We 200 combat missions over Vietnam were awarded the Distinguished Flying Cross, I think is what it's called my many other offers. And then he was in intelligence. My grandfather was a Lieutenant Colonel in the air force, and he was stationed in, I guess it was West Berlin during World War II, but he was also a Lieutenant Colonel.
My mother, who died when I was 10, was an air force nurse. Her brother was the chief master Sergeant. My older brother was a Marine Corps enlisted man. And I was in the Corps. Cadets. We haven't had you here other than from your side. I was in the Corps cadets. And so I know hundreds of the military. So, one reason I feel lucky is that I feel like I grew up on six or seven different air force bases.
I was at Barksdale air force base still around. I was born in Barks, an air force base. My dad was in strategic air command. And so we were at Barksdale, and then we were at Plattsburgh air force base. Is that still around? Upstate and York? My dad was on the Guam islands. As a matter of fact, my dad didn't see me when I was born for six months because he was flying on bombing missions over North Vietnam.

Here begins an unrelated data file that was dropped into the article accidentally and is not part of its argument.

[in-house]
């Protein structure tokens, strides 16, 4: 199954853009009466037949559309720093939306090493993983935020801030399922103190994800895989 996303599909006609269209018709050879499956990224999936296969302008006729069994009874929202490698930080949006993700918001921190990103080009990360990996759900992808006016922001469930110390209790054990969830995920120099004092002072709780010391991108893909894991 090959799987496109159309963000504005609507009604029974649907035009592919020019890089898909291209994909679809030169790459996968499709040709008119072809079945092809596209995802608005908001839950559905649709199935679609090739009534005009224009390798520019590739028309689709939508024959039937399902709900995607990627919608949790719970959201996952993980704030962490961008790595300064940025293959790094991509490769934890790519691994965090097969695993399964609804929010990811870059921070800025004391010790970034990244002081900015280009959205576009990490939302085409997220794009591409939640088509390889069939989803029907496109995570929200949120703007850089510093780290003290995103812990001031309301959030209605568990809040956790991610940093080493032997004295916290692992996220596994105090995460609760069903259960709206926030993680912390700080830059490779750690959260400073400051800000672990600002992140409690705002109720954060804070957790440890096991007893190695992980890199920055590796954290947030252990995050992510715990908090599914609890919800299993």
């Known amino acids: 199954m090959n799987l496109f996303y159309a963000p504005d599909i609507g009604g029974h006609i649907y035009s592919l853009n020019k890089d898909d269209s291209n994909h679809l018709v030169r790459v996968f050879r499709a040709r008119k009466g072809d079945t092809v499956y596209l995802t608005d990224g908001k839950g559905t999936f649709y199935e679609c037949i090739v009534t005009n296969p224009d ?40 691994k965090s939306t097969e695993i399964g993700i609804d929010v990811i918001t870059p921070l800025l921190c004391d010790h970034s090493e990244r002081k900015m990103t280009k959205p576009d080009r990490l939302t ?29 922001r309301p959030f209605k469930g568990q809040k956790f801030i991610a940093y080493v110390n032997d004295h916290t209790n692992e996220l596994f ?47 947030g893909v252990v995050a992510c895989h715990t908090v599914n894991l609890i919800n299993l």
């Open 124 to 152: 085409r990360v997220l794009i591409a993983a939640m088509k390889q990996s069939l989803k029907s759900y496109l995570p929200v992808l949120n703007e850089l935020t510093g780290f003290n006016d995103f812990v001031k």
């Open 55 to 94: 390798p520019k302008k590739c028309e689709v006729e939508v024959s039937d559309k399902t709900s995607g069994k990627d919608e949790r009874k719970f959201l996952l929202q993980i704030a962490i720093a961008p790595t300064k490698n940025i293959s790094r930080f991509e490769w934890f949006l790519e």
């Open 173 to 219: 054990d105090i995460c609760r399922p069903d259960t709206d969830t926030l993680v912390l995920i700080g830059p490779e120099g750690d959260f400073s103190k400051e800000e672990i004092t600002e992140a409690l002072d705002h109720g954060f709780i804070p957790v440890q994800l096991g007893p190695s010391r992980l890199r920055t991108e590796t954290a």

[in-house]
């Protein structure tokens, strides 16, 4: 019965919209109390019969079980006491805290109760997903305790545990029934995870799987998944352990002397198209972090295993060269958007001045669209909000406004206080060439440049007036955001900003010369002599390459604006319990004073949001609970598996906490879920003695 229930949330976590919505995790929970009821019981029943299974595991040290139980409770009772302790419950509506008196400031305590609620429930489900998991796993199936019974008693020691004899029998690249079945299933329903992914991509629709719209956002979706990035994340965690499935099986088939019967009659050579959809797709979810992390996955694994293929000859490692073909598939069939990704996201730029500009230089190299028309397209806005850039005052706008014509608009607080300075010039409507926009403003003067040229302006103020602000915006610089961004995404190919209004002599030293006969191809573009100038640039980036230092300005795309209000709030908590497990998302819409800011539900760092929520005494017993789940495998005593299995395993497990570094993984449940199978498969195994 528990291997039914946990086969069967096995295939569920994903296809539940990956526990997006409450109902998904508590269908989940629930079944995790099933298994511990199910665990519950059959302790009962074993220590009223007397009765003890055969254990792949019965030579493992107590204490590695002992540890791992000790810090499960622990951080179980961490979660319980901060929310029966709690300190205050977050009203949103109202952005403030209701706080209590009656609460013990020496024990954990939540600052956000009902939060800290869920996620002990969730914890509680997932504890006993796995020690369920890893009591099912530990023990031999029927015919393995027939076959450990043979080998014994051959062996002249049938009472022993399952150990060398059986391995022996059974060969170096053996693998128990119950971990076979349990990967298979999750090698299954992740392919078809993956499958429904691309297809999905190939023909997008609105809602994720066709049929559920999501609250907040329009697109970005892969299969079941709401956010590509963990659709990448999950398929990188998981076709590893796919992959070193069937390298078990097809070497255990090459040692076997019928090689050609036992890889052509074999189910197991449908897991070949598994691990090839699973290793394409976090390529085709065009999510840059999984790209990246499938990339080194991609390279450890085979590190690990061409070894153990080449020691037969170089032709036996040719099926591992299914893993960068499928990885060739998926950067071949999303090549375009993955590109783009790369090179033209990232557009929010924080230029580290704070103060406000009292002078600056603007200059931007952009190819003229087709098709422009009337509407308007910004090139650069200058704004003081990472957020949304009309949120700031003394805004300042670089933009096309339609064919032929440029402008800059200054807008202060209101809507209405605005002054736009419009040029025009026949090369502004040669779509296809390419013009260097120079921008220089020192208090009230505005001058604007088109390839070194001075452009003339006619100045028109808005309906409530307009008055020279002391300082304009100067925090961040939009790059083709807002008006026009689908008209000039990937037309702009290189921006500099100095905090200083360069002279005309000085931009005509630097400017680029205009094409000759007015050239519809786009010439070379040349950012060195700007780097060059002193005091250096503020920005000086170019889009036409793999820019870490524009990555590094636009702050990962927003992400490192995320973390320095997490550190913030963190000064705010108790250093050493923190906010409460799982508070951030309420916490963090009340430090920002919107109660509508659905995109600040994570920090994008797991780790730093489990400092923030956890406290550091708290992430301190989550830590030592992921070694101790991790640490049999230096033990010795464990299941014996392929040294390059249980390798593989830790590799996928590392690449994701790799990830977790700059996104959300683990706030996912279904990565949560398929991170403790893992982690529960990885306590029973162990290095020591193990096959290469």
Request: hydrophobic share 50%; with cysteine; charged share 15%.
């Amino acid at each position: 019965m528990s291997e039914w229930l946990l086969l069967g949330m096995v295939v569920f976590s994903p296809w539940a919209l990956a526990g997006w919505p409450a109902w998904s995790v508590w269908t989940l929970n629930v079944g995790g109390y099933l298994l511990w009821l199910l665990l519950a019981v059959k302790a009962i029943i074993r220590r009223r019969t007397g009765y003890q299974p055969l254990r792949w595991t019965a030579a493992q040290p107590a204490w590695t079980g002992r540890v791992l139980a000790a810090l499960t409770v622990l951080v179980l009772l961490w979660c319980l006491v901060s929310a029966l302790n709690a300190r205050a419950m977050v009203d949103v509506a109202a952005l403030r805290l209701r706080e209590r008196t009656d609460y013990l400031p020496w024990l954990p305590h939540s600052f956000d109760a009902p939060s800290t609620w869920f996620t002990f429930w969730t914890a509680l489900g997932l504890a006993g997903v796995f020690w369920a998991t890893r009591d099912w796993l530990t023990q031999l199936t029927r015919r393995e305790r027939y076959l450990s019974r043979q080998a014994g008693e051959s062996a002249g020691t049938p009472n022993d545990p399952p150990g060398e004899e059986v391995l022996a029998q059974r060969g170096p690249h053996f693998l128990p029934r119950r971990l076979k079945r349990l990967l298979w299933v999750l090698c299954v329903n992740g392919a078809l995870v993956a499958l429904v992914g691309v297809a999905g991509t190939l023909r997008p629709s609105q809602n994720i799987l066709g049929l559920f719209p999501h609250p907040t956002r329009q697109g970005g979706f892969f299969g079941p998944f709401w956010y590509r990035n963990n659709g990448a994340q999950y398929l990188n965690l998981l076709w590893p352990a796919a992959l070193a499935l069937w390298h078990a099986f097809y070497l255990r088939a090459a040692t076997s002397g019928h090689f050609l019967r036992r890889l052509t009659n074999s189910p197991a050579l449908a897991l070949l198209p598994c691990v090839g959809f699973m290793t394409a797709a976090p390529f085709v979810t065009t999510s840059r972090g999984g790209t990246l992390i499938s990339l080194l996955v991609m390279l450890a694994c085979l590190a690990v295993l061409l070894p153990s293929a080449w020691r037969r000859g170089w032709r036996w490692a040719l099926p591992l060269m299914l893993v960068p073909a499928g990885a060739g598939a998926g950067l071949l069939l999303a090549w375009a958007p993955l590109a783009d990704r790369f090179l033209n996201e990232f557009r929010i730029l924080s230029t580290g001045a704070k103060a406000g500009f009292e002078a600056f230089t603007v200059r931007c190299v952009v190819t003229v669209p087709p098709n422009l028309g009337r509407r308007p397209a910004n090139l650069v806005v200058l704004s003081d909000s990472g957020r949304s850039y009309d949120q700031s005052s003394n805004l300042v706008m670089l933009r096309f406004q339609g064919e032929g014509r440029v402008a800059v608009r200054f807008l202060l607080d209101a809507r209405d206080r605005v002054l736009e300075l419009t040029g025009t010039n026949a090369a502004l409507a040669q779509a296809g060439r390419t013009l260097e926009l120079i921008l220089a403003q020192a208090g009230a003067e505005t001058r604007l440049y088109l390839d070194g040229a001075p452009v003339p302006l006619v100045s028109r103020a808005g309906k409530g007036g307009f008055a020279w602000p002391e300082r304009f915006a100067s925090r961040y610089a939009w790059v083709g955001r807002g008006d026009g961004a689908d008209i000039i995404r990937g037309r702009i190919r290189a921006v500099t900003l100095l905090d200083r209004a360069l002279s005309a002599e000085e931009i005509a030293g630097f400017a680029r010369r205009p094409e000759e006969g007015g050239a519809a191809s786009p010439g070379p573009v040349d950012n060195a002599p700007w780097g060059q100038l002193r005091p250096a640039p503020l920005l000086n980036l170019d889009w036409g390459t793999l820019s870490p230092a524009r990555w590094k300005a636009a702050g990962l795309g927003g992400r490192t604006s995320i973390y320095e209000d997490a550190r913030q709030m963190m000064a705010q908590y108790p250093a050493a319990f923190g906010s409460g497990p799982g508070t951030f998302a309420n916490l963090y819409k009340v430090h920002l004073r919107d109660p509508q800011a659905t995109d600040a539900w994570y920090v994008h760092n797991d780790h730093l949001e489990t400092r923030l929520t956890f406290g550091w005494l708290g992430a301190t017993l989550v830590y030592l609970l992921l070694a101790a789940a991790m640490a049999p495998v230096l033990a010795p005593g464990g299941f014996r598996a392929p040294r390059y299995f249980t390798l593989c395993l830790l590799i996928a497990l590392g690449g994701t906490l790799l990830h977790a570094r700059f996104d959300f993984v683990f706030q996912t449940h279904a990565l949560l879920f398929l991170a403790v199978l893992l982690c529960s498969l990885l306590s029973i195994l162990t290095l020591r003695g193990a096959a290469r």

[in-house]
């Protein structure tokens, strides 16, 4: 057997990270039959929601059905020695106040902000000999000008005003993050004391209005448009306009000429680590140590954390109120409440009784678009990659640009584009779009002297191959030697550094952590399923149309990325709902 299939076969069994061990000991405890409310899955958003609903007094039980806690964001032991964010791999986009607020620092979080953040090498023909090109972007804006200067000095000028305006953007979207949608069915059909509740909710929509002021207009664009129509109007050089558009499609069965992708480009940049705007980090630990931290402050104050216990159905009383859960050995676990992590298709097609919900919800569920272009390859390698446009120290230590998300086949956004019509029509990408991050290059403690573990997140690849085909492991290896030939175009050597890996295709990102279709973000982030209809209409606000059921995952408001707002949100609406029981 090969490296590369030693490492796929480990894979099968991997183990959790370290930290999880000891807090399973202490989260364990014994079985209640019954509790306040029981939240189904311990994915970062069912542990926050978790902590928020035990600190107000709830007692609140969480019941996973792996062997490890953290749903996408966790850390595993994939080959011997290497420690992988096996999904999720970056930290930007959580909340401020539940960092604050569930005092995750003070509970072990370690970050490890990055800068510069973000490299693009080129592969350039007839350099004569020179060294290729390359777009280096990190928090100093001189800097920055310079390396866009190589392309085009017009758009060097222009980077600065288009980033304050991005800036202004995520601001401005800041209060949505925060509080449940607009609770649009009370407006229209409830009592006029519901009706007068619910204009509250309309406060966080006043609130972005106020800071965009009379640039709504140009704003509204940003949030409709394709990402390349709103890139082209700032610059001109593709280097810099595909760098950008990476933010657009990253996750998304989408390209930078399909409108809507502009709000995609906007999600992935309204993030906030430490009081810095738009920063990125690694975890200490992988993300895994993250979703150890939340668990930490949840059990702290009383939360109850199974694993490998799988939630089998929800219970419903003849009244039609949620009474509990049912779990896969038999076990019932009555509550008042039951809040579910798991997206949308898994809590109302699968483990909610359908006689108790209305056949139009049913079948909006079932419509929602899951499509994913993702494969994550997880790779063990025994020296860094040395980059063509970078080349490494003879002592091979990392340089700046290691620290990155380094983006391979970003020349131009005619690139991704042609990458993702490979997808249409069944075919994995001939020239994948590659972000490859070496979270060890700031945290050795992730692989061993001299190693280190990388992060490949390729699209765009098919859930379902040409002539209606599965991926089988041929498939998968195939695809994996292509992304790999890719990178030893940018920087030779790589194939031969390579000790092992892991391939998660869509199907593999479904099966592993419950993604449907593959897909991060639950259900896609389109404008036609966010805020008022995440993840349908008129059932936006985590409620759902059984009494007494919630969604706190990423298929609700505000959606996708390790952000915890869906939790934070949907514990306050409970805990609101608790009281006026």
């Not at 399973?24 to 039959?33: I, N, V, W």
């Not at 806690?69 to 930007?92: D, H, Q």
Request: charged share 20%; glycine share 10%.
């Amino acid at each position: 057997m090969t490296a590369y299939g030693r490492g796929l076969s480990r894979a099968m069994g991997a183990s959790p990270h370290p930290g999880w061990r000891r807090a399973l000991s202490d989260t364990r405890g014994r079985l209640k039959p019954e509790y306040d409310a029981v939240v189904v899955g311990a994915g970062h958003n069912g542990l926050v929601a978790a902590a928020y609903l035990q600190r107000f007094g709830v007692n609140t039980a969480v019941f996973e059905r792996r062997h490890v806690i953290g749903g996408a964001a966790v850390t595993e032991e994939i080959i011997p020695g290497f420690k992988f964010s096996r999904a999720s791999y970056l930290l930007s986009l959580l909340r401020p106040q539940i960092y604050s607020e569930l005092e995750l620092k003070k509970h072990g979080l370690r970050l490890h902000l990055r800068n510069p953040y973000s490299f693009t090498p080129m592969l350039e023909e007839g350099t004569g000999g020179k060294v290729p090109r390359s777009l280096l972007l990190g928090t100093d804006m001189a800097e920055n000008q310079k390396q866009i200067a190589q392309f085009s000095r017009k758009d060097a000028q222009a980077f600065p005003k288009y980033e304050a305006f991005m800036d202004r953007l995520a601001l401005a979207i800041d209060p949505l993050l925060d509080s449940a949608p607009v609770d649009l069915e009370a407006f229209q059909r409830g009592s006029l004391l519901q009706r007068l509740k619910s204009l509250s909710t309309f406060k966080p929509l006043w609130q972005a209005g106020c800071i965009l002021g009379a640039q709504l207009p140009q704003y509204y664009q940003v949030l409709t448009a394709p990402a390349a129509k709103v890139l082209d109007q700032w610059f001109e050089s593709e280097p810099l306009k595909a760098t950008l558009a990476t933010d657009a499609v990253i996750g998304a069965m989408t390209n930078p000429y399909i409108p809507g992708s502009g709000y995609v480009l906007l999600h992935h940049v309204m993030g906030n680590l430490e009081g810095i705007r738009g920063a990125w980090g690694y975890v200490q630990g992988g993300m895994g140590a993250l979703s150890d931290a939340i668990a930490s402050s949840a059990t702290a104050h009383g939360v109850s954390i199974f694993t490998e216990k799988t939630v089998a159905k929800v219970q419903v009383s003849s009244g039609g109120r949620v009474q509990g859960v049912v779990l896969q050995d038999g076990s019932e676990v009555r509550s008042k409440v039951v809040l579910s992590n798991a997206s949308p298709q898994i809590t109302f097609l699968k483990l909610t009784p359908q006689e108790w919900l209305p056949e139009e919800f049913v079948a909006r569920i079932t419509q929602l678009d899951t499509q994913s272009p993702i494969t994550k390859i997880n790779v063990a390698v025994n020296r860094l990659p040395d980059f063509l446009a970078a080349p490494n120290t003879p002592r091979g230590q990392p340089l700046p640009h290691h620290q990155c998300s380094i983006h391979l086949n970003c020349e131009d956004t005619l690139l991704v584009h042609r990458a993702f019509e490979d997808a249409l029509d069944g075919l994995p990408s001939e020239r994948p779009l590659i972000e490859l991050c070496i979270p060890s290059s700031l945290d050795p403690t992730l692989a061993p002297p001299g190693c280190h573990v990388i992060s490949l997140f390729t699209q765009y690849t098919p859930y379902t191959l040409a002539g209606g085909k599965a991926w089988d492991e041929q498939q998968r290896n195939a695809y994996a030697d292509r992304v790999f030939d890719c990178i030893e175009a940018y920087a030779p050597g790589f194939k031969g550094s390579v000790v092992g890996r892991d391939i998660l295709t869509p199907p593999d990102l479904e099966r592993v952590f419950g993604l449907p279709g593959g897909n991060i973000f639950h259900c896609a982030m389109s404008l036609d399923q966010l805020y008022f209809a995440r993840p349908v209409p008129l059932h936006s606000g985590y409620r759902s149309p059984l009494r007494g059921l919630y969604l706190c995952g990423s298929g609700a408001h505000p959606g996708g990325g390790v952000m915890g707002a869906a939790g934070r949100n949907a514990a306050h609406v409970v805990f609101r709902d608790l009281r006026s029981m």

And we're in New York at the time he retired at Croswell. So I moved around a lot. So I have a natural personal family association with the military and with the United States air force, in particular, I mean, I can still hum the burse. How does it go? Off we go into the wild, is that still the song? Off we go into the wild blue yonder? What's the next? First off, we go into the wild blue yonder.
I forget that it's something; I feel very lucky for that reason, but I also feel lucky for another reason. And that is leadership. And in particular, what I'll call leadership with integrity or ethical leadership has been something I've been interested in forever. I studied computer science at Texas A&M and philosophy.